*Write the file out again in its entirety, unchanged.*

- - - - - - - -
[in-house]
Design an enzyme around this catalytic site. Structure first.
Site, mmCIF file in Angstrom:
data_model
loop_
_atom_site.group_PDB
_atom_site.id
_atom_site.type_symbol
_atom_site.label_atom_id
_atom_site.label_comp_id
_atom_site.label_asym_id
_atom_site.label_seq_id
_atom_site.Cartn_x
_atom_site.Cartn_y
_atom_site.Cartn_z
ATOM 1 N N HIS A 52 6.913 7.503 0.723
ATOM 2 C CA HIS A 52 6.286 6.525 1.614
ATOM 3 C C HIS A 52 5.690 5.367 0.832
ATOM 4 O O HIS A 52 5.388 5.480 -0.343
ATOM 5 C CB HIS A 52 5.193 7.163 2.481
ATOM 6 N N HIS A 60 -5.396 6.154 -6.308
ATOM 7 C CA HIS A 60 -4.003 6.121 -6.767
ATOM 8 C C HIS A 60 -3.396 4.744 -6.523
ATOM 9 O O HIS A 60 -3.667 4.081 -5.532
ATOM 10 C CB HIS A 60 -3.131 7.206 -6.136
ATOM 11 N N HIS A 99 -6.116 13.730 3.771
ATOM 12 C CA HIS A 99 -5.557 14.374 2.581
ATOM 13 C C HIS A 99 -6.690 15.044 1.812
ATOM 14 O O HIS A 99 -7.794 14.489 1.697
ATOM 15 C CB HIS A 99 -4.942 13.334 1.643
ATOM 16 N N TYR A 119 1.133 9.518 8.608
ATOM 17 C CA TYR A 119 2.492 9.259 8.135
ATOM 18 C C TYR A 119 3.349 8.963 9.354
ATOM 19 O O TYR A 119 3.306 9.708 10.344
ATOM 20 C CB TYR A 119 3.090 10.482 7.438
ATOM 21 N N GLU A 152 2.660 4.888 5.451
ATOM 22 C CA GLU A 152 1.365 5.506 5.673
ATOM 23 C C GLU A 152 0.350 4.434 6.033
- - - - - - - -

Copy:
[in-house]
Design an enzyme around this catalytic site. Structure first.
Site, mmCIF file in Angstrom:
data_model
loop_
_atom_site.group_PDB
_atom_site.id
_atom_site.type_symbol
_atom_site.label_atom_id
_atom_site.label_comp_id
_atom_site.label_asym_id
_atom_site.label_seq_id
_atom_site.Cartn_x
_atom_site.Cartn_y
_atom_site.Cartn_z
ATOM 1 N N HIS A 52 6.913 7.503 0.723
ATOM 2 C CA HIS A 52 6.286 6.525 1.614
ATOM 3 C C HIS A 52 5.690 5.367 0.832
ATOM 4 O O HIS A 52 5.388 5.480 -0.343
ATOM 5 C CB HIS A 52 5.193 7.163 2.481
ATOM 6 N N HIS A 60 -5.396 6.154 -6.308
ATOM 7 C CA HIS A 60 -4.003 6.121 -6.767
ATOM 8 C C HIS A 60 -3.396 4.744 -6.523
ATOM 9 O O HIS A 60 -3.667 4.081 -5.532
ATOM 10 C CB HIS A 60 -3.131 7.206 -6.136
ATOM 11 N N HIS A 99 -6.116 13.730 3.771
ATOM 12 C CA HIS A 99 -5.557 14.374 2.581
ATOM 13 C C HIS A 99 -6.690 15.044 1.812
ATOM 14 O O HIS A 99 -7.794 14.489 1.697
ATOM 15 C CB HIS A 99 -4.942 13.334 1.643
ATOM 16 N N TYR A 119 1.133 9.518 8.608
ATOM 17 C CA TYR A 119 2.492 9.259 8.135
ATOM 18 C C TYR A 119 3.349 8.963 9.354
ATOM 19 O O TYR A 119 3.306 9.708 10.344
ATOM 20 C CB TYR A 119 3.090 10.482 7.438
ATOM 21 N N GLU A 152 2.660 4.888 5.451
ATOM 22 C CA GLU A 152 1.365 5.506 5.673
ATOM 23 C C GLU A 152 0.350 4.434 6.033